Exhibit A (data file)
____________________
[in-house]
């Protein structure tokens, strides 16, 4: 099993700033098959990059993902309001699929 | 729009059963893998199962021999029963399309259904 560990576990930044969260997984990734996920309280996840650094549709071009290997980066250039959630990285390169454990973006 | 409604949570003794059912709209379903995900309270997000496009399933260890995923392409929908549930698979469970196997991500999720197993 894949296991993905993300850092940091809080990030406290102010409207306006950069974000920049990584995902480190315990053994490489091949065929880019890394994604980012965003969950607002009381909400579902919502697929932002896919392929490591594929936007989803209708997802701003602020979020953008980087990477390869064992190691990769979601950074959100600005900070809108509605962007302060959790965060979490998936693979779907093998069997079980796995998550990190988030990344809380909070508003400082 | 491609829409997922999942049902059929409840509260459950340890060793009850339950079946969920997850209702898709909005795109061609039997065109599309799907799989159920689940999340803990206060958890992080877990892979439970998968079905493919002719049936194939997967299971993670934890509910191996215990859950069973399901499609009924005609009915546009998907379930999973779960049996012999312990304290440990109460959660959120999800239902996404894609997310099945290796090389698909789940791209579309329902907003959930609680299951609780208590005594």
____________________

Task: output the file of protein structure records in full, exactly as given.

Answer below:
[in-house]
């Protein structure tokens, strides 16, 4: 099993700033098959990059993902309001699929 | 729009059963893998199962021999029963399309259904 560990576990930044969260997984990734996920309280996840650094549709071009290997980066250039959630990285390169454990973006 | 409604949570003794059912709209379903995900309270997000496009399933260890995923392409929908549930698979469970196997991500999720197993 894949296991993905993300850092940091809080990030406290102010409207306006950069974000920049990584995902480190315990053994490489091949065929880019890394994604980012965003969950607002009381909400579902919502697929932002896919392929490591594929936007989803209708997802701003602020979020953008980087990477390869064992190691990769979601950074959100600005900070809108509605962007302060959790965060979490998936693979779907093998069997079980796995998550990190988030990344809380909070508003400082 | 491609829409997922999942049902059929409840509260459950340890060793009850339950079946969920997850209702898709909005795109061609039997065109599309799907799989159920689940999340803990206060958890992080877990892979439970998968079905493919002719049936194939997967299971993670934890509910191996215990859950069973399901499609009924005609009915546009998907379930999973779960049996012999312990304290440990109460959660959120999800239902996404894609997310099945290796090389698909789940791209579309329902907003959930609680299951609780208590005594």